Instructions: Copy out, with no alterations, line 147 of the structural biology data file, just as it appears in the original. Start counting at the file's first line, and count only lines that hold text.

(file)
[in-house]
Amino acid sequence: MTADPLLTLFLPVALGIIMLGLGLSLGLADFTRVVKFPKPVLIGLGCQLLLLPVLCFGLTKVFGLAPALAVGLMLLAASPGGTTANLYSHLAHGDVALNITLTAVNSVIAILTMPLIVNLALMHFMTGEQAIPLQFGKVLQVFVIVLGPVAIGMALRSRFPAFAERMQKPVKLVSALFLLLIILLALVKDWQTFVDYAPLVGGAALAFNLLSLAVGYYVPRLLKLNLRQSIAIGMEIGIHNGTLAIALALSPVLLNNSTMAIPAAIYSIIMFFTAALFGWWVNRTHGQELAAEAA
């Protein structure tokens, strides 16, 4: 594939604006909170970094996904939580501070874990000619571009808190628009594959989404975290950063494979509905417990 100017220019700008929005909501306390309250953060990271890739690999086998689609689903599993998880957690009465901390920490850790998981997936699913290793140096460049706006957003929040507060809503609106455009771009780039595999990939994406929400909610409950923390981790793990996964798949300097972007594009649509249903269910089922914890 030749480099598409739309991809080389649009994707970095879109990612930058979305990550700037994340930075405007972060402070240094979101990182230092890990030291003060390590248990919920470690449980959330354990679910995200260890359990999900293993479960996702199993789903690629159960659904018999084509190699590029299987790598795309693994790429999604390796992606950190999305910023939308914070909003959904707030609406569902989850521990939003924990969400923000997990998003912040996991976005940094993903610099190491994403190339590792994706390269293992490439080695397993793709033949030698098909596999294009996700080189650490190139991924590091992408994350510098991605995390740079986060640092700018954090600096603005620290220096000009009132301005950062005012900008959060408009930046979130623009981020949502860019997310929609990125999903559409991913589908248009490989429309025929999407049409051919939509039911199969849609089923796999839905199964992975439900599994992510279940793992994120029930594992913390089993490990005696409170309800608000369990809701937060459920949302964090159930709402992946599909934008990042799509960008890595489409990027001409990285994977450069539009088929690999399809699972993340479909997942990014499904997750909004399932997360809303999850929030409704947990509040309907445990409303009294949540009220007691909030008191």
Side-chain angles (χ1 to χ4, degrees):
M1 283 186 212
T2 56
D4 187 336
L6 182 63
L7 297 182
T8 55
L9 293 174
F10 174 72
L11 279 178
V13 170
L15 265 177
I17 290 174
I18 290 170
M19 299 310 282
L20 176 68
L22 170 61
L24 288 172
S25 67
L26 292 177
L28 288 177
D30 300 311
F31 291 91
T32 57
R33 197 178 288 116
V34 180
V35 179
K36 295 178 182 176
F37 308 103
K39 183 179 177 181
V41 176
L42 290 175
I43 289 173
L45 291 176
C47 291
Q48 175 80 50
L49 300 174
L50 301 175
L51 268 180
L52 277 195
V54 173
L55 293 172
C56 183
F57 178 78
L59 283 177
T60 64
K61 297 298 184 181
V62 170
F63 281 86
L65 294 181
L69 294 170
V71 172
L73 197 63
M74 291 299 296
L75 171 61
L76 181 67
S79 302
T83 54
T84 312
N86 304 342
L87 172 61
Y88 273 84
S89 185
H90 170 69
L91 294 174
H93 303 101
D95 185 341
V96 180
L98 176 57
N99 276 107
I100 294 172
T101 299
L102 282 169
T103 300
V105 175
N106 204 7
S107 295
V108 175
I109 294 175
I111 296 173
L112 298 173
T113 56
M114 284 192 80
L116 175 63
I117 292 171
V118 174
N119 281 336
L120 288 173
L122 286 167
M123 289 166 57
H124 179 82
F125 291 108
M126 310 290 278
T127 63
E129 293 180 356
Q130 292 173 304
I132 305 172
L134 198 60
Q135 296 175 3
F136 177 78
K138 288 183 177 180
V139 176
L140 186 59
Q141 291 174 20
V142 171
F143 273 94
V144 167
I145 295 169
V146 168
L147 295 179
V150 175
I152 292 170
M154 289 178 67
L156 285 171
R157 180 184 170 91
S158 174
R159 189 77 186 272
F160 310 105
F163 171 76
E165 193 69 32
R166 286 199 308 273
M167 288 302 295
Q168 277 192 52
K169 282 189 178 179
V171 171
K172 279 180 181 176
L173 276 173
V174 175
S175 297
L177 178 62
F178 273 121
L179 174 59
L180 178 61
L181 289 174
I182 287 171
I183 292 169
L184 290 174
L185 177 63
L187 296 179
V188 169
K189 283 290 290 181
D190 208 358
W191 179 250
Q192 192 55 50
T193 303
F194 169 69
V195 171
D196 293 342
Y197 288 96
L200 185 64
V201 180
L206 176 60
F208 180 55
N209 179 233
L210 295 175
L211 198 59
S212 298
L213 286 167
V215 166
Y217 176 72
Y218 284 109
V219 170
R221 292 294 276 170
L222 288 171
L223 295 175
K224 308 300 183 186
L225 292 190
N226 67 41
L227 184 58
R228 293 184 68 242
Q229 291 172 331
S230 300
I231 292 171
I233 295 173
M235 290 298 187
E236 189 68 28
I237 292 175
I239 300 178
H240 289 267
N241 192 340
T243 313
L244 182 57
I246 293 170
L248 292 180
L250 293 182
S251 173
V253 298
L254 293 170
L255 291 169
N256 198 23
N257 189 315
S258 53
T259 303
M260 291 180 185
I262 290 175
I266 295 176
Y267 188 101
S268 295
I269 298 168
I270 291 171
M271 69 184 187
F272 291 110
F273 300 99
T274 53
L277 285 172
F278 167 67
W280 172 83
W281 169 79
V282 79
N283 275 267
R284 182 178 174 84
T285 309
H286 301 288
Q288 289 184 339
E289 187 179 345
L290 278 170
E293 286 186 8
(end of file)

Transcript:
Q192 192 55 50